AAAAAAAAAAAAAAAAAAAHHHHHHH!!!!!!!!!! I’m taking the LSAT. I just spent who knows how long daydreaming. That was so stupid. Fuck, why am I so stupid!!!?!!?!?!? I’m such a loser. What will Julie think of me? Mmm, Julie, she’s so pretty. Fuck, no, I’m doing the LSAT! I can’t think about Julie now. Focus. What question am I on? Oh, this parallel reasoning question. Aaaaah, it’s long! What if I can’t do it? Fuck, I wish I was better at this!!!!! I’ll never get into law school at this rate. I’m a loser!!!!! Maybe I should have stayed in that band. Aww, who am I kidding, I’d never be Mick Jagger. Man, if he even still alive. Time passes so fast, and….oh fuck, there’s only ten minutes left!!!!!! I’m only on question 13. How did this happen!?!?!?!?
Sound familiar? That’s your mind on panic autopilot. The key to avoiding this is to notice the first moment of panic or stress, and respond to it while it’s still small. Breath. Relax. It’s ok to take a moment to gather your senses. The alternative is that wall of text above.
You’re human. You’re distractible and prone to panic. It’s how we’re built. You need to recognize this, and to develop habits that let you manage stress and get the work done regardless. The first step is paying attention to how you feel.
You can practice this in everyday life. For instance, suppose someone’s rude to you. What do you do? Do you yell at them and escalate things? Do you spend the next hour in a bad mood? Neither is a sensible response. What do you care if someone was rude? Learn to recognize the feeling of being annoyed from rudeness. Acknowledge it, and then remind yourself that’s it’s not a big deal. Respond to the situation the way you ought to, after things consideration. Most things we get stressed about aren’t worth stressing about, and yes, this includes doing a timed LSAT section.
If you can recognize when you feel stress/fear/sadness/panic/anger, then you can manage those emotions. This doesn’t mean repressing them. Sometimes it makes sense to be angry or to be afraid. But then again, we often get angry over really tiny things. If you can recognize the onset of emotion, then you can also know when it doesn’t make sense to respond emotionally to a situation.
If you train this ability, you’ll be able to handle the LSAT much more smoothly. When you feel the start of stress/fear/sadness/panic/anger, acknowledge the emotion. Take a few deep breaths. You’re just taking a test. You’re looking at a piece of paper with ink on it. It can’t hurt you. Once you recover your focus, you can solve the question faster.
This advice applies to all sections, but especially to logical reasoning. Logical reasoning questions aren’t related to each other, so it’s easier to take short breaks between questions. I personally take lots of small, 5-10 second breaks while doing logical reasoning sections. This takes a bit of time up front, but I can go through the section a lot faster because I keep my energy and focus throughout.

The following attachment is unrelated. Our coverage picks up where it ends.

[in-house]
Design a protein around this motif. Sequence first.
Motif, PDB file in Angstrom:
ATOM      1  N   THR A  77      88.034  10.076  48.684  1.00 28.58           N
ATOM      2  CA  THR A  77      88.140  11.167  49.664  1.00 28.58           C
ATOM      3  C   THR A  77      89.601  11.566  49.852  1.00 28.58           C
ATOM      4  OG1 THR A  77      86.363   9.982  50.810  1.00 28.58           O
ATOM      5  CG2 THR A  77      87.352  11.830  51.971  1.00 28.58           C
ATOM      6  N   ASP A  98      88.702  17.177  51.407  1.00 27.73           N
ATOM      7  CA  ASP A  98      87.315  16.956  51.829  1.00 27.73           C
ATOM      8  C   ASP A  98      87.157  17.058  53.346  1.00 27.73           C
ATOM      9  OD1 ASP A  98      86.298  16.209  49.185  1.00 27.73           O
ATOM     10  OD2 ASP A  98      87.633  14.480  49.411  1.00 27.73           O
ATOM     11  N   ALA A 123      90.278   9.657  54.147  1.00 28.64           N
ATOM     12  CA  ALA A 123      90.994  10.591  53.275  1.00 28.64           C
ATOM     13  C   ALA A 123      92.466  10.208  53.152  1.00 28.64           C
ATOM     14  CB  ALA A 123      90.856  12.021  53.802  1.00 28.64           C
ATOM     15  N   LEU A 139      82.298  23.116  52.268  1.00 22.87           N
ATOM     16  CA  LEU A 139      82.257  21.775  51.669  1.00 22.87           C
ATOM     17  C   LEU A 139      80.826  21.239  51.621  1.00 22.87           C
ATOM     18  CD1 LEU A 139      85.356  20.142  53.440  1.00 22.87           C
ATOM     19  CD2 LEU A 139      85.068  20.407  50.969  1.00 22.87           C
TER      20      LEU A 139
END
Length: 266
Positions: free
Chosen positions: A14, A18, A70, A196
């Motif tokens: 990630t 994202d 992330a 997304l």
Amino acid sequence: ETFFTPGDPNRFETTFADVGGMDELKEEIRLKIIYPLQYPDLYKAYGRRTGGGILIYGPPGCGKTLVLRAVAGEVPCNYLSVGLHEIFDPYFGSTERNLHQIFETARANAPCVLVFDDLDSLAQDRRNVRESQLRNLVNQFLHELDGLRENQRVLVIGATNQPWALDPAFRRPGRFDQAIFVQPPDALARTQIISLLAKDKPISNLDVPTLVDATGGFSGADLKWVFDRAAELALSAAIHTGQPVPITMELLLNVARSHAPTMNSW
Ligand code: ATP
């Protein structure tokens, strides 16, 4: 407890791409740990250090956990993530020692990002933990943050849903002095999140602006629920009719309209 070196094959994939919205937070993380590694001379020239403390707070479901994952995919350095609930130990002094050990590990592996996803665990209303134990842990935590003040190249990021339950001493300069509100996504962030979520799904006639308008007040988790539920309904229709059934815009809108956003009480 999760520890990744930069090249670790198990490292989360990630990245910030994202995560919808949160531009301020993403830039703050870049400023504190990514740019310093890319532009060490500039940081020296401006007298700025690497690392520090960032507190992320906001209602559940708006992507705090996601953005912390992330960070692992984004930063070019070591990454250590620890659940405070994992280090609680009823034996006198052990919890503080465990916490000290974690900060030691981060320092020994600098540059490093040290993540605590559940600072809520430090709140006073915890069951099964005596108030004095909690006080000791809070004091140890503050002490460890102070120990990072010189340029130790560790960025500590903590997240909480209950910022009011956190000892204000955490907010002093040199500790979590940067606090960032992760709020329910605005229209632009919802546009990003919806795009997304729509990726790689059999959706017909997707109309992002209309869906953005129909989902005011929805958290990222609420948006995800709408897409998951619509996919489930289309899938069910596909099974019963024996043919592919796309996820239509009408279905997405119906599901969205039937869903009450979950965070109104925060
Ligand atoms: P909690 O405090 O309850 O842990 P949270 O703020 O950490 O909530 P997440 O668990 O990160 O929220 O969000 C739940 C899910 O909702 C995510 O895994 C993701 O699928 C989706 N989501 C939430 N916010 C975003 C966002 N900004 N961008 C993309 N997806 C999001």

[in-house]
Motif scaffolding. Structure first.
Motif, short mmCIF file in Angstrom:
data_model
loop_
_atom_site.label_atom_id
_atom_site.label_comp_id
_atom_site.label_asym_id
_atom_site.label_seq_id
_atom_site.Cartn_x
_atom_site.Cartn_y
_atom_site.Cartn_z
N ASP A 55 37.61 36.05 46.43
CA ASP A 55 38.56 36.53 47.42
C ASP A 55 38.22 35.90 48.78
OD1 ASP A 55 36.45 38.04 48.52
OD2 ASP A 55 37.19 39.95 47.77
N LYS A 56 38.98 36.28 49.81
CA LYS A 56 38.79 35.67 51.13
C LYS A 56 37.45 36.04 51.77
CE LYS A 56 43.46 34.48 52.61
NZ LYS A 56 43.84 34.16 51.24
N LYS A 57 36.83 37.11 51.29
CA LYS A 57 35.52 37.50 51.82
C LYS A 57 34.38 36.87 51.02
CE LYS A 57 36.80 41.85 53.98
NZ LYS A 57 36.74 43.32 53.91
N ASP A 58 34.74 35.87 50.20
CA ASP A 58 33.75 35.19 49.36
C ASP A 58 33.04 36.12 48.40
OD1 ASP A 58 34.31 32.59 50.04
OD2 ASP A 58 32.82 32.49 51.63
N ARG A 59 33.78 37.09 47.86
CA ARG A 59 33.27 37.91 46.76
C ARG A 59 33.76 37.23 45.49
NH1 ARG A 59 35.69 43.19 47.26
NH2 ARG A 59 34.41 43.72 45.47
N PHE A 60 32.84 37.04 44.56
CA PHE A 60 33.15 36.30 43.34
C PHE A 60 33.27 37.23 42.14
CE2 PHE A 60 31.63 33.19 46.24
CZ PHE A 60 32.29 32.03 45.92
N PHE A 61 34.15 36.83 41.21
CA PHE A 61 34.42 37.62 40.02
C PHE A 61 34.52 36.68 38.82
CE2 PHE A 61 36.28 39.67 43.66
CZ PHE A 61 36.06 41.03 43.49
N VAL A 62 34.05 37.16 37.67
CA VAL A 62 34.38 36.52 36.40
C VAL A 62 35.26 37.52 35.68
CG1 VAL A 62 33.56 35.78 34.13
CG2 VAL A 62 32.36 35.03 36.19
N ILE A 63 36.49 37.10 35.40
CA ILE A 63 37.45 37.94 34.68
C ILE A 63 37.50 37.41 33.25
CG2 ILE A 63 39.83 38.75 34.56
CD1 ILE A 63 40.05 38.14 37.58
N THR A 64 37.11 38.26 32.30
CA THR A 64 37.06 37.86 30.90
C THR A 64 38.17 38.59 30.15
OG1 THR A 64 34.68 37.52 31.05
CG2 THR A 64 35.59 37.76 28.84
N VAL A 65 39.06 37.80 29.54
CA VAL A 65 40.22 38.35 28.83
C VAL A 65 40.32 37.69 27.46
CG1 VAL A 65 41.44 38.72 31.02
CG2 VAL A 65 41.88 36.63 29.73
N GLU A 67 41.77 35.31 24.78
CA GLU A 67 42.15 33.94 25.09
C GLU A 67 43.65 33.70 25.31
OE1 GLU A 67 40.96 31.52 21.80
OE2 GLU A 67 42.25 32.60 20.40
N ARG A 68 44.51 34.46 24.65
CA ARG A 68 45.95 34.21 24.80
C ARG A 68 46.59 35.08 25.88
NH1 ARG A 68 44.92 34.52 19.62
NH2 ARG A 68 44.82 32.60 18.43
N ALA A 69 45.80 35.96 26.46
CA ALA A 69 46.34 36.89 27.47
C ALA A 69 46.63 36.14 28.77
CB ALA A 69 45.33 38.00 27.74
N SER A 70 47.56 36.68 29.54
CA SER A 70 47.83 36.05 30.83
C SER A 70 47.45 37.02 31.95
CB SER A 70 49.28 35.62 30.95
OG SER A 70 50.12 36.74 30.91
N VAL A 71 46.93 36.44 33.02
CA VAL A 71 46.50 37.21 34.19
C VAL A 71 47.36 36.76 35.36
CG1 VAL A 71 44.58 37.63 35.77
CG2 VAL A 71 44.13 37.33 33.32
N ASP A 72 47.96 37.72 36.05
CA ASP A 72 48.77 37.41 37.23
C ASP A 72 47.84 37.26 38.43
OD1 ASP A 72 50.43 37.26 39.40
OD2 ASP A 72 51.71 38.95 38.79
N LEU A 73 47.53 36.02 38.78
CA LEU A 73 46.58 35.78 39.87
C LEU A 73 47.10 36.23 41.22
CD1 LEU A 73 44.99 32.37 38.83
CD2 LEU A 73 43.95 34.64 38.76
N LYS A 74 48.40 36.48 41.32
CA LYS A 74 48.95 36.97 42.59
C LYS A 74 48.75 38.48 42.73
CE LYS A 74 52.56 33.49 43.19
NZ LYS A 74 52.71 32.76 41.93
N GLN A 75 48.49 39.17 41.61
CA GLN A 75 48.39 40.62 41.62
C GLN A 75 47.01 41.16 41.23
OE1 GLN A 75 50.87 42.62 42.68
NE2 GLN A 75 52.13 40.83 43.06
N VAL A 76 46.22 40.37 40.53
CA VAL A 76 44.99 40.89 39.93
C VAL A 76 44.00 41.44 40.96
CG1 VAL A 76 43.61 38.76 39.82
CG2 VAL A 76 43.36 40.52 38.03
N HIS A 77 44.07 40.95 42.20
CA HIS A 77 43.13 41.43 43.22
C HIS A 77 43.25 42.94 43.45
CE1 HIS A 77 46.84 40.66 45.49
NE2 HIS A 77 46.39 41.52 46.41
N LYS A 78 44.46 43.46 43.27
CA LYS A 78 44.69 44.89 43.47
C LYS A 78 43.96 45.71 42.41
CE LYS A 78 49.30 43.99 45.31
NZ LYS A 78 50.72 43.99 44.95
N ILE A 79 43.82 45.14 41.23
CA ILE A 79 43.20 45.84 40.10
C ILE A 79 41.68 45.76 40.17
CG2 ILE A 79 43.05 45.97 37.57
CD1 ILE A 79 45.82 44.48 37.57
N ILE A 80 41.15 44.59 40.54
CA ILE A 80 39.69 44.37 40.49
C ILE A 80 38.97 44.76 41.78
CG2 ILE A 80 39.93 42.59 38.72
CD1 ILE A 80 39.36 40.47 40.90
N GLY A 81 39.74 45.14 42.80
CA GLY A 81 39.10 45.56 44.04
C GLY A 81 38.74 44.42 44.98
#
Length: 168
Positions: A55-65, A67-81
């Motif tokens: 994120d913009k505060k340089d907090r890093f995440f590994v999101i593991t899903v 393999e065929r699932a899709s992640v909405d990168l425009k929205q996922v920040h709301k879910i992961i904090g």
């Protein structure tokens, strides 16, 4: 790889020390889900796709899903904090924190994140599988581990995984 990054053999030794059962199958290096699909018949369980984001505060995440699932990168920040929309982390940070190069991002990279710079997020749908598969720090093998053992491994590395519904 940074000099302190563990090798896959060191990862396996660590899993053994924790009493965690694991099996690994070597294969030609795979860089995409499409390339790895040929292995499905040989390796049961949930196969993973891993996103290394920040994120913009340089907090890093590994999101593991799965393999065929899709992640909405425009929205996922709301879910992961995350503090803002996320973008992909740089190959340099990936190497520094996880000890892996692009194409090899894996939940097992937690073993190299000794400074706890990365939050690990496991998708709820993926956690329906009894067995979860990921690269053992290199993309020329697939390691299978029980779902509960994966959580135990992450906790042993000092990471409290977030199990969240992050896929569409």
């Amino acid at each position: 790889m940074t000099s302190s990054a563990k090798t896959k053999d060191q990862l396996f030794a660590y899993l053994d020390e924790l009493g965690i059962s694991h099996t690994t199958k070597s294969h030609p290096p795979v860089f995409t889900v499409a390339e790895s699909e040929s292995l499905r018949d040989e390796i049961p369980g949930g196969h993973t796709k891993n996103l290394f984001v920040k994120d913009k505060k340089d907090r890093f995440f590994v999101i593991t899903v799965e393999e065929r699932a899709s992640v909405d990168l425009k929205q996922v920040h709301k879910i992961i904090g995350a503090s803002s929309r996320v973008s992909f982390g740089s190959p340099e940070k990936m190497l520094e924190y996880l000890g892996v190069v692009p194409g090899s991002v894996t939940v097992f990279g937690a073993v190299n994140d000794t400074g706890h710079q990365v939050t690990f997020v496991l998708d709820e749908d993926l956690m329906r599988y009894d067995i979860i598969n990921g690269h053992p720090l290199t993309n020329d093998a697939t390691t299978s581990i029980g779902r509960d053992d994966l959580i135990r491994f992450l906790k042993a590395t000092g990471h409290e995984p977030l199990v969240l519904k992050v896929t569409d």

7. Skip hard logical reasoning questions (and come back)
Ever review a section, look at a question you found hard, and say “Aaaah, it’s obviously B! Why didn’t I see that?”
This is very common. Once your brain forms a view of a situation, it’s very hard to change your mind. This is usually a good thing. It lets you make sense of a chaotic world. But it’s counterproductive on LSAT questions. If you form a wrong view of a question, it’s almost impossible to fix things.
So don’t try. Skip the question. Come back if you have time. Skipping questions has the following benefits:
- You have more time for other questions. This is huge. You’re giving up one point to get many more.
- You might actually have time left over at the end of the section. Then you can come back to the questions you skipped.
Having time left over at the end of the section changes everything. First, you’re no longer rushed as you do the section. You know you can finish. Second, you’ll have time to doublecheck questions and to take a second look at questions you skipped. The only way you’ll finish with extra time is if you learn to skip hard questions. They’re timesinks.
I routinely skip 3-4 questions per section. I mark off answers I’m considering, and come back at the end. Usually, when I look again I form a new view of the question and it becomes much easier. Time away from the question lets you see things you don’t see the first time through.
So I skip questions, initially, but I still get them right. You have a choice:
- You can spend 2:30 minutes thinking about a hard question, OR
- You can spend a minute thinking about the question, then move on. You’ll have 1:30 to spend on other questions, and you can use 30 seconds of that time to take a second look at the question after you’re done.
My vote’s for option II. Your time will be far more efficient if you get in the habit of moving on from questions once you notice you’re in a rut. Usually, if you haven’t solved a question in 1:00-1:30 minutes, any additional time spent on it is pure waste. Save that time, finish the section and come back. You’ll have much greater odds of success the second time around.
More LSAT speed tips
- How to go faster at the LSAT
- How to go faster at LSAT logic games
- How to go faster at LSAT reading comprehension